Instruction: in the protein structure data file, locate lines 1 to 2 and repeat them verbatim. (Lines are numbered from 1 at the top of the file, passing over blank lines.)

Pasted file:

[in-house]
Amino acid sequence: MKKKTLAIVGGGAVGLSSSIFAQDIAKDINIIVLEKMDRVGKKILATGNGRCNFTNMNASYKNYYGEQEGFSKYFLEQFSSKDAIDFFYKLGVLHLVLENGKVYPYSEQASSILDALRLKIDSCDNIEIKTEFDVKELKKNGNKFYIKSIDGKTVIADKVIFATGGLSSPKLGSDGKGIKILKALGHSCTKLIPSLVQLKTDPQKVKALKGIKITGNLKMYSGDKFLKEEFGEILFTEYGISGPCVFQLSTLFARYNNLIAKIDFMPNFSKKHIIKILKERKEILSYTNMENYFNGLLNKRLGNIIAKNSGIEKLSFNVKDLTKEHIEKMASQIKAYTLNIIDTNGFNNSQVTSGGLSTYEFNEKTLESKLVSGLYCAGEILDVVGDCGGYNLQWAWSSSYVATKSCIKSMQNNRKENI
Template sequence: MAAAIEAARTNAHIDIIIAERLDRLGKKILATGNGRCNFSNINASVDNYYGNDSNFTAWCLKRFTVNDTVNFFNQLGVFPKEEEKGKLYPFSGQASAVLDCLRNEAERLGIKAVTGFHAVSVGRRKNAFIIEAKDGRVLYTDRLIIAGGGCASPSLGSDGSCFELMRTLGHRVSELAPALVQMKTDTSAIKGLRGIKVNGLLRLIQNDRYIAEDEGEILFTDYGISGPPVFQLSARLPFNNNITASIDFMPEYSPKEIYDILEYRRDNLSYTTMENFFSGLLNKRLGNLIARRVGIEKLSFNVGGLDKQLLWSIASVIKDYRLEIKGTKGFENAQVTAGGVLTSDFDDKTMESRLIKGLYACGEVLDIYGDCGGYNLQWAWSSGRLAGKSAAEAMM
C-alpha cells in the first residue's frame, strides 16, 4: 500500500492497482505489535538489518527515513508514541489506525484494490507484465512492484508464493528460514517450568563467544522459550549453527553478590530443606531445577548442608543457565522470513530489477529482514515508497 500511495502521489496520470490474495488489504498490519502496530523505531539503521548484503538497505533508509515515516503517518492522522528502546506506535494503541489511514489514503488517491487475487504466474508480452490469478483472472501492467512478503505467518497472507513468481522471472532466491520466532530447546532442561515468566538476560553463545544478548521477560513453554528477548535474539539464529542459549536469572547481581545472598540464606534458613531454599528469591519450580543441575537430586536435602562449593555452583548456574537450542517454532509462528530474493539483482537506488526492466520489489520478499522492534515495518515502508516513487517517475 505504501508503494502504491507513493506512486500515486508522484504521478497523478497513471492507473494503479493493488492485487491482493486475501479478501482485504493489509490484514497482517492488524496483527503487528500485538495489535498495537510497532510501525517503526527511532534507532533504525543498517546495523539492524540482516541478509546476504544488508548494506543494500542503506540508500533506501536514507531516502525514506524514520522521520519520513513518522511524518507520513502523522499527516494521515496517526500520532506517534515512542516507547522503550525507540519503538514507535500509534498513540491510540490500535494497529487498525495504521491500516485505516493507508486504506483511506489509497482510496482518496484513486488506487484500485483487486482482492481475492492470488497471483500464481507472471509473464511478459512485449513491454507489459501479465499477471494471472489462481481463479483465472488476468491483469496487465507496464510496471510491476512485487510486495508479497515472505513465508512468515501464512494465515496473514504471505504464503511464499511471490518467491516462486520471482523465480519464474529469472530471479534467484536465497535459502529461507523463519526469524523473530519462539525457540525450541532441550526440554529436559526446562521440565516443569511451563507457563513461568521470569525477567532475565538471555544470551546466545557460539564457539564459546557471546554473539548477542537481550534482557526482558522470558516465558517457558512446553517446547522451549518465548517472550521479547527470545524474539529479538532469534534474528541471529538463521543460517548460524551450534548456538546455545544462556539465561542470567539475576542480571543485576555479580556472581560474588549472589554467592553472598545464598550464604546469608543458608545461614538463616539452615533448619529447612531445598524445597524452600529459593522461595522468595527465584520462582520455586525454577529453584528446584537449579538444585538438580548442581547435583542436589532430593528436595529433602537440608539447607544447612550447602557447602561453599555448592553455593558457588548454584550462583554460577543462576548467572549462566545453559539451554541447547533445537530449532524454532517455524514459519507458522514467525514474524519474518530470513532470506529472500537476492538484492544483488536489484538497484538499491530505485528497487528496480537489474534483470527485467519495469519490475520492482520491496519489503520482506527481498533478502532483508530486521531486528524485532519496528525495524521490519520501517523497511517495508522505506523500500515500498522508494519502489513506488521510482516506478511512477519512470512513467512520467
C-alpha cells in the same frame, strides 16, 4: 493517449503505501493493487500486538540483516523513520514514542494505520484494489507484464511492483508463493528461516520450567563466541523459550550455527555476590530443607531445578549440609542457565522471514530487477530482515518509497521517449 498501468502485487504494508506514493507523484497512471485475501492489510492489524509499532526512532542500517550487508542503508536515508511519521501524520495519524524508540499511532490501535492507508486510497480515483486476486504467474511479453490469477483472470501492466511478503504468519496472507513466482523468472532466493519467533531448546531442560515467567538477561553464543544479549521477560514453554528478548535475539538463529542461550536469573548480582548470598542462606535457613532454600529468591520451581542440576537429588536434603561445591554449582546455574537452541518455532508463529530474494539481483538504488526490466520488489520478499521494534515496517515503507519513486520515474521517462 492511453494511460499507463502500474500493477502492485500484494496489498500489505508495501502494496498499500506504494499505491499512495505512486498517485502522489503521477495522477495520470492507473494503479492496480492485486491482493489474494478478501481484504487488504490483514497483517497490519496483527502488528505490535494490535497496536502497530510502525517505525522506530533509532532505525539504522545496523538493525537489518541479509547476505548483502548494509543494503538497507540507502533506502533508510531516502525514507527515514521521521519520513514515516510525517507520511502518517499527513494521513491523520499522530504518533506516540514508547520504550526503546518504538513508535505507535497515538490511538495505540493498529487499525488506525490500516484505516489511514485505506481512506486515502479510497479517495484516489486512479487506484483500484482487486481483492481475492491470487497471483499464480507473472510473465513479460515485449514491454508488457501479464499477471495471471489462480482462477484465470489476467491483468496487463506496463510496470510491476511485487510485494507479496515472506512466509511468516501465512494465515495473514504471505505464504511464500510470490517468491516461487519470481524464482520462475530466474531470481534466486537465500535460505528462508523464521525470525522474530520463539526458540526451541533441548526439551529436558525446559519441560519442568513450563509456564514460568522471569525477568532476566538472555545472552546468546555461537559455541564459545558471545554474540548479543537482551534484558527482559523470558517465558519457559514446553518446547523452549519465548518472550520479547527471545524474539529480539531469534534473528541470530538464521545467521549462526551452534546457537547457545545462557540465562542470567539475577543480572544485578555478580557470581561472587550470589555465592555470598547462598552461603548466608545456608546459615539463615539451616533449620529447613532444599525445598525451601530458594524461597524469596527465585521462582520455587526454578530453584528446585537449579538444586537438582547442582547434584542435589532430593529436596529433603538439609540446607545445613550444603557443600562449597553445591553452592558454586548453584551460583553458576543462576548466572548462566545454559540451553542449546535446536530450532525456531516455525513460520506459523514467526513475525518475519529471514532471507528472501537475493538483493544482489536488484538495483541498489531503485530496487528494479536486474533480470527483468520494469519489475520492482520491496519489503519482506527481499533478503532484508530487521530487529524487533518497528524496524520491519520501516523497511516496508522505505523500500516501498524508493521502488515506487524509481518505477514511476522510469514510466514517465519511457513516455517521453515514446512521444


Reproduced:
[in-house]
Amino acid sequence: MKKKTLAIVGGGAVGLSSSIFAQDIAKDINIIVLEKMDRVGKKILATGNGRCNFTNMNASYKNYYGEQEGFSKYFLEQFSSKDAIDFFYKLGVLHLVLENGKVYPYSEQASSILDALRLKIDSCDNIEIKTEFDVKELKKNGNKFYIKSIDGKTVIADKVIFATGGLSSPKLGSDGKGIKILKALGHSCTKLIPSLVQLKTDPQKVKALKGIKITGNLKMYSGDKFLKEEFGEILFTEYGISGPCVFQLSTLFARYNNLIAKIDFMPNFSKKHIIKILKERKEILSYTNMENYFNGLLNKRLGNIIAKNSGIEKLSFNVKDLTKEHIEKMASQIKAYTLNIIDTNGFNNSQVTSGGLSTYEFNEKTLESKLVSGLYCAGEILDVVGDCGGYNLQWAWSSSYVATKSCIKSMQNNRKENI